I looked up the Kal?m cosmological argument and learned that it is “a variation of the cosmological argument that argues for the existence of a First Cause for the universe. Its origins can be traced to medieval Jewish, Christian and Muslim thinkers, but most directly to Islamic theologians of the Kal?m tradition.

    The basic premise of all of these is that something caused the Universe to begin to exist, and this First Cause must be God. It is also applied by the Spiritist doctrine as the main argument for the existence of God”.

    In other words it is an attempt by faithists to justify their position.

    We don’t actually know (yet at least) exactly what went on in the Big Bang or before it so any such argument is no more than a guess or a speculation at best. Pretty flimsy stuff to build a philosophy or a religion upon and I don’t see why anybody couldn’t debate that, let alone Dawkins.

    Glenn, I’ve not seen anybody on this thread say that religion is immoral so not for the first time am a little puzzled as to what you are on about.

    I think you have what religion provides back to front. According to your argument faithists are possibly going to behave better because some all powerful father figure wants them to.

    On the other hand, non-theists choose how they behave based on their own moral or, as I prefer, ethical code. This simply seems more adult to me. I’m good because I want to be and we should all make that choice, not do what some magical superdaddy tells them to.

    I find it a little difficult to fully trust people that believe wholesale in the monotheist doctrines; you just never know when they might do something dangerous under the belief that their god wanted them to do it. You might call that the Ruvy paradox…

    You name three murderous regimes and, yes, they were bad, but all have passed, whilst killing in the name of gods is happening every single day right now, just as it has for thousands of years.

    It isn’t the case that religions have made things worse, that’s just a false premise that you have made up to argue against.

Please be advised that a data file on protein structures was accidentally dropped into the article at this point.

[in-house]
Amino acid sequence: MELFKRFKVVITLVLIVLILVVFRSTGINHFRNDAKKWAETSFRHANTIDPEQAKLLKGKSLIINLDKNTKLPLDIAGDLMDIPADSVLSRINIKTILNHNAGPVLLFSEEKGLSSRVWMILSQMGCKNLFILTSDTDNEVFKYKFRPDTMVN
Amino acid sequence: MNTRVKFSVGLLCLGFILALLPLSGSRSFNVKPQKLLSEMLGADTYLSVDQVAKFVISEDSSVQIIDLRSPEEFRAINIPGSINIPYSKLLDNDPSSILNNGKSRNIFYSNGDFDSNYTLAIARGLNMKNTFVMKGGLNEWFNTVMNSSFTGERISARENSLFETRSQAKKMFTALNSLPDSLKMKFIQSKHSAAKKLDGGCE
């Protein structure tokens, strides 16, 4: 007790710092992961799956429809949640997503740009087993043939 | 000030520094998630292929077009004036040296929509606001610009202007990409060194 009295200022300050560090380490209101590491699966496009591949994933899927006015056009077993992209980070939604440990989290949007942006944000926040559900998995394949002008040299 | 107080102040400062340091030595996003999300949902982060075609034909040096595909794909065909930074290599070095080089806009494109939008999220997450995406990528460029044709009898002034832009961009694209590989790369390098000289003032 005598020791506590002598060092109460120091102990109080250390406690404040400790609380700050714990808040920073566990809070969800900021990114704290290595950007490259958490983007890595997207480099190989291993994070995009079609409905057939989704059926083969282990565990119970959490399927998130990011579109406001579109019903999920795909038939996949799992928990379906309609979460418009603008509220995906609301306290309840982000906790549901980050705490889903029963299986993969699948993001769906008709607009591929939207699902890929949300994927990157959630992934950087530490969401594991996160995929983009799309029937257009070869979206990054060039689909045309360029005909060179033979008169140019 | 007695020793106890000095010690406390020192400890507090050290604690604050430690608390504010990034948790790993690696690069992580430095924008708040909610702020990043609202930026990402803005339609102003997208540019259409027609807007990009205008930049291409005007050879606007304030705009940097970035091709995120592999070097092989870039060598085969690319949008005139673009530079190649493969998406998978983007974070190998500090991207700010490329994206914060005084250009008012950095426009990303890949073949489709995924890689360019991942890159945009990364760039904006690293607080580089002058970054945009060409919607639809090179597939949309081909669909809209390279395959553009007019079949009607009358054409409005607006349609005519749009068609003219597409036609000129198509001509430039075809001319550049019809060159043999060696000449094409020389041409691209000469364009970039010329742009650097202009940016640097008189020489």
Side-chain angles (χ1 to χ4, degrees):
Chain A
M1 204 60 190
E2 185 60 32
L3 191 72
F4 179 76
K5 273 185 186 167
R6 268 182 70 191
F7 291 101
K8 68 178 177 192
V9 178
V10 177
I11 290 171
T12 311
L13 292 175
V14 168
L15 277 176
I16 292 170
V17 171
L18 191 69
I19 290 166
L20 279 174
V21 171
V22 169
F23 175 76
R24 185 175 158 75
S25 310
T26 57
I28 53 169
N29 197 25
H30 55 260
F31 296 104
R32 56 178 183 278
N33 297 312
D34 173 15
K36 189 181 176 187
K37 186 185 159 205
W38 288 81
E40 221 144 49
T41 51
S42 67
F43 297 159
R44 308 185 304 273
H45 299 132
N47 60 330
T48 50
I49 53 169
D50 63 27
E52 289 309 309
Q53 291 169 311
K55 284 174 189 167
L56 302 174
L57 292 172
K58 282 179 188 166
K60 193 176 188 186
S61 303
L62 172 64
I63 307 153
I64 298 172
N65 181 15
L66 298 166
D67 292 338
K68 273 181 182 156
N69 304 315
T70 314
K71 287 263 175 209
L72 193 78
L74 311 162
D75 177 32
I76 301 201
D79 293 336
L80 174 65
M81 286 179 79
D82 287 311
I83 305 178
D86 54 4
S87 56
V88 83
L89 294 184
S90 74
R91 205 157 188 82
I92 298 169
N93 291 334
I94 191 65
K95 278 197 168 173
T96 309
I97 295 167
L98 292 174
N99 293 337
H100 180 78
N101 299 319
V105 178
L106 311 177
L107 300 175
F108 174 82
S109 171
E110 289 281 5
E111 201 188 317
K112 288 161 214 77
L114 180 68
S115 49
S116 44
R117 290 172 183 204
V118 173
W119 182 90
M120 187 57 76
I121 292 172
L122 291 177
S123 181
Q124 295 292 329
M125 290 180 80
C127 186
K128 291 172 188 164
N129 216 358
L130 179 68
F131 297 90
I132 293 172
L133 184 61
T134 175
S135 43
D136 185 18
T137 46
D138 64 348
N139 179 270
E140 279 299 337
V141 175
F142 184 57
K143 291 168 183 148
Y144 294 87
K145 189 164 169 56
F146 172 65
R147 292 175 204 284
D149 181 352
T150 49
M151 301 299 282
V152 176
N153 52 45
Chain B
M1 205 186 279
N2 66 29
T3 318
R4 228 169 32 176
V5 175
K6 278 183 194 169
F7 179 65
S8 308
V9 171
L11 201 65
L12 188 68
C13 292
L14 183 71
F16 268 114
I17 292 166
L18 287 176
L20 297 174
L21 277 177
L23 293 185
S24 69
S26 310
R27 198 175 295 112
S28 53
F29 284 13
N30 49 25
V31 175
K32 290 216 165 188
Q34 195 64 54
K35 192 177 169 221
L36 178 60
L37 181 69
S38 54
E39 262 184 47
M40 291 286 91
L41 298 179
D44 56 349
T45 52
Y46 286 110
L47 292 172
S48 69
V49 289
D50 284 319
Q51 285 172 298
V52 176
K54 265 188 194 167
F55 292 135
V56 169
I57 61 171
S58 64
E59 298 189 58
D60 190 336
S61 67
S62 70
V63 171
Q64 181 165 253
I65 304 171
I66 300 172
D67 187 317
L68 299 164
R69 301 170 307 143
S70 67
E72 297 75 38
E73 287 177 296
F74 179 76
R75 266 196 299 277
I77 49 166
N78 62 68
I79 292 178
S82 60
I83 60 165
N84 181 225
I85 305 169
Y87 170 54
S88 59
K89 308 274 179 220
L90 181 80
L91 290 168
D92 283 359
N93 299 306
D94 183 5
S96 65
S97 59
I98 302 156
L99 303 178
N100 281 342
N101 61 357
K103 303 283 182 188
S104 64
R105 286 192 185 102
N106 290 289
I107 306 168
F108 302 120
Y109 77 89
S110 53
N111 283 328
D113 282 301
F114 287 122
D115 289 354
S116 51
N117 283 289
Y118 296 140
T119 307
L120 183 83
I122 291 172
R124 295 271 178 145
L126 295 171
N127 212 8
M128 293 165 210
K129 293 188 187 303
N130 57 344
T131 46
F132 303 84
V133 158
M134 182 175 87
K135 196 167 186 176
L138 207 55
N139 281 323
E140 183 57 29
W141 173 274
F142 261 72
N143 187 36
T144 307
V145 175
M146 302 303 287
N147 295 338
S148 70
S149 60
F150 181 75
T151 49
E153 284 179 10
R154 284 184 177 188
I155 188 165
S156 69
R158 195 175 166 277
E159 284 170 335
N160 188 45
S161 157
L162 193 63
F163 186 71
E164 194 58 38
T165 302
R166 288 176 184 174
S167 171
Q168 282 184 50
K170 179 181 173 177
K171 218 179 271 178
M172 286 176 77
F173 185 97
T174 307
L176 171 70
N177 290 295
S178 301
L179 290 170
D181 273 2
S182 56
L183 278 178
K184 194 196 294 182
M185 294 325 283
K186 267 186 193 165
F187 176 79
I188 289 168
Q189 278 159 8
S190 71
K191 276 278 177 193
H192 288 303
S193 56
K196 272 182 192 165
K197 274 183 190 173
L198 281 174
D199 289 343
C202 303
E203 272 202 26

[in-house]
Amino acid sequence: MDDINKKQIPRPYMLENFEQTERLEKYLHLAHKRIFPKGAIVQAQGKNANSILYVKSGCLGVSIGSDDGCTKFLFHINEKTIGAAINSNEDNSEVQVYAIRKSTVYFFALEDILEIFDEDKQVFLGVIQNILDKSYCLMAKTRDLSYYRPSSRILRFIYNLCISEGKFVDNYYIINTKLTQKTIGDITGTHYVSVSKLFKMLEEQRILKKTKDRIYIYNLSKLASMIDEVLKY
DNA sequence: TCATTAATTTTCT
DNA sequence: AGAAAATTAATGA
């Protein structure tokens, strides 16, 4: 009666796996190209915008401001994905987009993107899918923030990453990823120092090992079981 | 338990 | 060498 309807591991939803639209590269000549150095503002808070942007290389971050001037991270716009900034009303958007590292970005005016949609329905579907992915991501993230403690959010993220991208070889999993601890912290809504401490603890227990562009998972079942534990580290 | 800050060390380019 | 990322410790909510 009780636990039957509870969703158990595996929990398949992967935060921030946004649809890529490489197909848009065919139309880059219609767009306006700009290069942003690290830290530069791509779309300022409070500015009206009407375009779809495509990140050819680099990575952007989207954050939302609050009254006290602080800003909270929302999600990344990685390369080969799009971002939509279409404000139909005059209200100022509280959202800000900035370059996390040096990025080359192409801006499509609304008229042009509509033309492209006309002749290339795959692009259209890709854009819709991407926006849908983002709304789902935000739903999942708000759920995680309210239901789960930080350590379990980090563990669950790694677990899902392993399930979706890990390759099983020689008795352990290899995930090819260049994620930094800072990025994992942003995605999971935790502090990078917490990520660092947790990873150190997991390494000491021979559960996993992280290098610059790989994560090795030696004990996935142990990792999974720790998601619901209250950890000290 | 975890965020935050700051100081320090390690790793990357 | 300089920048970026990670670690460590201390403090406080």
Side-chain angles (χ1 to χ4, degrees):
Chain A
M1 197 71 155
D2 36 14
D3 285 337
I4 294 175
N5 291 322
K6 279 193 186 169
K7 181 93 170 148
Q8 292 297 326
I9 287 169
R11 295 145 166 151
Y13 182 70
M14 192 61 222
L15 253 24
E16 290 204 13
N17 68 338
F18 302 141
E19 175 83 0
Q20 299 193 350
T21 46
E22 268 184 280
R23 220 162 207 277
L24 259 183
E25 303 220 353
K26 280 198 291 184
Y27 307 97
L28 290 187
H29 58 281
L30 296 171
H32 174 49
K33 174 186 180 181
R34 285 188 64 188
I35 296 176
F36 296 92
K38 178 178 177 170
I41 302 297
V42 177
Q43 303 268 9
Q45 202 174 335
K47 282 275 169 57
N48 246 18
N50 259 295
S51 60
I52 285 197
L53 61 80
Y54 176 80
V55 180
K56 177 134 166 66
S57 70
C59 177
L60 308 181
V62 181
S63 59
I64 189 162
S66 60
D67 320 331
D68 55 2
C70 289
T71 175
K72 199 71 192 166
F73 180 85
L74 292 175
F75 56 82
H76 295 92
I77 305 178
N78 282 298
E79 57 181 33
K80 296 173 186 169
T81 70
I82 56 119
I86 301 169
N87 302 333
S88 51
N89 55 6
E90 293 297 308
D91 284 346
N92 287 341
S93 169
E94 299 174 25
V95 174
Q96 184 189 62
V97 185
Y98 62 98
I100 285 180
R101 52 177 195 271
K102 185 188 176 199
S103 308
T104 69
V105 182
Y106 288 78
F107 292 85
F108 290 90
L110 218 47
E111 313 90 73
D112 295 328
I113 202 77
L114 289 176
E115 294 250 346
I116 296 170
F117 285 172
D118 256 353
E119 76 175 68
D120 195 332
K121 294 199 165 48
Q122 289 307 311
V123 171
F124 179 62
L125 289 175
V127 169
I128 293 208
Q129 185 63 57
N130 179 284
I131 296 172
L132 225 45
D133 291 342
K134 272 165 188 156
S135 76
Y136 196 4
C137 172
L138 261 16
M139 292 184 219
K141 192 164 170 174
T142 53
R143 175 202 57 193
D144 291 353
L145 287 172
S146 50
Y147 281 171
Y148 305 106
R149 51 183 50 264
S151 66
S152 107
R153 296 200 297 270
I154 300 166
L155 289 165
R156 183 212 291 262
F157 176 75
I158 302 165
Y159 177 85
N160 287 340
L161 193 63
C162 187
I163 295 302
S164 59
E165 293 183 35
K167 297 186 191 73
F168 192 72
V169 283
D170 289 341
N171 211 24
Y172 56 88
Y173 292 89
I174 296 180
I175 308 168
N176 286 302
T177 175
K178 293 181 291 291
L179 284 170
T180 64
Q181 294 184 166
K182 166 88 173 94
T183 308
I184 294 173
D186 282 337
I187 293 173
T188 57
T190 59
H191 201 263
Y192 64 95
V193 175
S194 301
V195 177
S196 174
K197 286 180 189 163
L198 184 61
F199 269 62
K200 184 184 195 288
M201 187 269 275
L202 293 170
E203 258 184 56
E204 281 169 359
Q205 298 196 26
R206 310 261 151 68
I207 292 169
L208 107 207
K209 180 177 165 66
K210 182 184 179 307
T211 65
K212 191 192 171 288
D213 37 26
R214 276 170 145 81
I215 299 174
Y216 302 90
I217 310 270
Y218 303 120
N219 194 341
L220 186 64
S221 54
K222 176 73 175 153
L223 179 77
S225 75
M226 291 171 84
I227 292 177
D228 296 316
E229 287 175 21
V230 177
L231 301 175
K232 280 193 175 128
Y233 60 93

There have been many great things created under the influence, of course, but that is true of every creation myth and one by one they have fallen away, just as this one will and, indeed, already is in many parts of the world.

    Not sure what distinction you are making between secular and atheist or that it matters much.

  • tr oll

    re #28 – both the religious and atheist can be immoral…that’s right – BOTH CAN BE IMMORAL

    no explanation REQUIRED!

  • Indeed, to require religion as though a buttress to validate our morality is but an appeal to authority.

  • *nods* That’s right, troll.
    No. Explanation. Required.

    “KJV, Romans 2:14 – For when the Gentiles, which have not the law, do by nature the things contained in the law, these, having not the law, are a law unto themselves.”

    If everyone in the world had to be a good Christian like me in order for the world to be a nice place, well, the world would be a not very nice place. Which, in some parts, like the suburbs…you know?… where godless atheists work side by side in harmony and peace with paragons of Christian virtue like myself…it is a very nice place.

    Is this conversation going anywhere?

  • Dick Dawkins should stick to biology.
    That’s all I have to say about it. He is only stirring up strife and discord among people of peace and goodwill.

    Proverbs 6
    These six things doth the LORD hate: yea, seven are an abomination unto him: A proud look, a lying tongue, and hands that shed innocent blood, An heart that deviseth wicked imaginations, feet that be swift in running to mischief, A false witness that speaketh lies, and he that soweth discord among brethren.

  • Ben Rocke